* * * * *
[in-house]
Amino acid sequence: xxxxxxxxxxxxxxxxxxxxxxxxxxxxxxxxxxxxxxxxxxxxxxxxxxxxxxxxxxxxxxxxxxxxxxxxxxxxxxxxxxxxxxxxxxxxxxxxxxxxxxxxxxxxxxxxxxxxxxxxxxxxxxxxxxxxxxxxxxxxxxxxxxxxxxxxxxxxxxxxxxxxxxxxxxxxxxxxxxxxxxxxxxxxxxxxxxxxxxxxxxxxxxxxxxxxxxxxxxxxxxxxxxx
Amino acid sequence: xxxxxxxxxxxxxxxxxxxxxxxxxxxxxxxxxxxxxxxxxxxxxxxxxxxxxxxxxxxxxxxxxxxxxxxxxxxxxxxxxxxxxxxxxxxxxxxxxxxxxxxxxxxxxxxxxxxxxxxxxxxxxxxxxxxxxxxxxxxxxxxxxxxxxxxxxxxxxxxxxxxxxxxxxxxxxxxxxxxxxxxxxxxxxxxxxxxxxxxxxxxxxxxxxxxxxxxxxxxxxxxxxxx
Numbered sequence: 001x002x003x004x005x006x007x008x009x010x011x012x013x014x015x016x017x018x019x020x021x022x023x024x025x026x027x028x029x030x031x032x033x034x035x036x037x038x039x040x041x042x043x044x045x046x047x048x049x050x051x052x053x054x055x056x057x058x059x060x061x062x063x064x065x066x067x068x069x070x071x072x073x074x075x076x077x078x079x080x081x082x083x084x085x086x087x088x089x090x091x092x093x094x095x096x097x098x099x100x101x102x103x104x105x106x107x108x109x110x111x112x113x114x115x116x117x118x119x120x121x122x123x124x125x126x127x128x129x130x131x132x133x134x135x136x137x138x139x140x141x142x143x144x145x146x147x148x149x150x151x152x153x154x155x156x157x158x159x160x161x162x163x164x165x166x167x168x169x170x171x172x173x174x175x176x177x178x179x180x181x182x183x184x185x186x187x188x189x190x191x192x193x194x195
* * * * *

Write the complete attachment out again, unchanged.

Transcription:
[in-house]
Amino acid sequence: xxxxxxxxxxxxxxxxxxxxxxxxxxxxxxxxxxxxxxxxxxxxxxxxxxxxxxxxxxxxxxxxxxxxxxxxxxxxxxxxxxxxxxxxxxxxxxxxxxxxxxxxxxxxxxxxxxxxxxxxxxxxxxxxxxxxxxxxxxxxxxxxxxxxxxxxxxxxxxxxxxxxxxxxxxxxxxxxxxxxxxxxxxxxxxxxxxxxxxxxxxxxxxxxxxxxxxxxxxxxxxxxxxx
Amino acid sequence: xxxxxxxxxxxxxxxxxxxxxxxxxxxxxxxxxxxxxxxxxxxxxxxxxxxxxxxxxxxxxxxxxxxxxxxxxxxxxxxxxxxxxxxxxxxxxxxxxxxxxxxxxxxxxxxxxxxxxxxxxxxxxxxxxxxxxxxxxxxxxxxxxxxxxxxxxxxxxxxxxxxxxxxxxxxxxxxxxxxxxxxxxxxxxxxxxxxxxxxxxxxxxxxxxxxxxxxxxxxxxxxxxxx
Numbered sequence: 001x002x003x004x005x006x007x008x009x010x011x012x013x014x015x016x017x018x019x020x021x022x023x024x025x026x027x028x029x030x031x032x033x034x035x036x037x038x039x040x041x042x043x044x045x046x047x048x049x050x051x052x053x054x055x056x057x058x059x060x061x062x063x064x065x066x067x068x069x070x071x072x073x074x075x076x077x078x079x080x081x082x083x084x085x086x087x088x089x090x091x092x093x094x095x096x097x098x099x100x101x102x103x104x105x106x107x108x109x110x111x112x113x114x115x116x117x118x119x120x121x122x123x124x125x126x127x128x129x130x131x132x133x134x135x136x137x138x139x140x141x142x143x144x145x146x147x148x149x150x151x152x153x154x155x156x157x158x159x160x161x162x163x164x165x166x167x168x169x170x171x172x173x174x175x176x177x178x179x180x181x182x183x184x185x186x187x188x189x190x191x192x193x194x195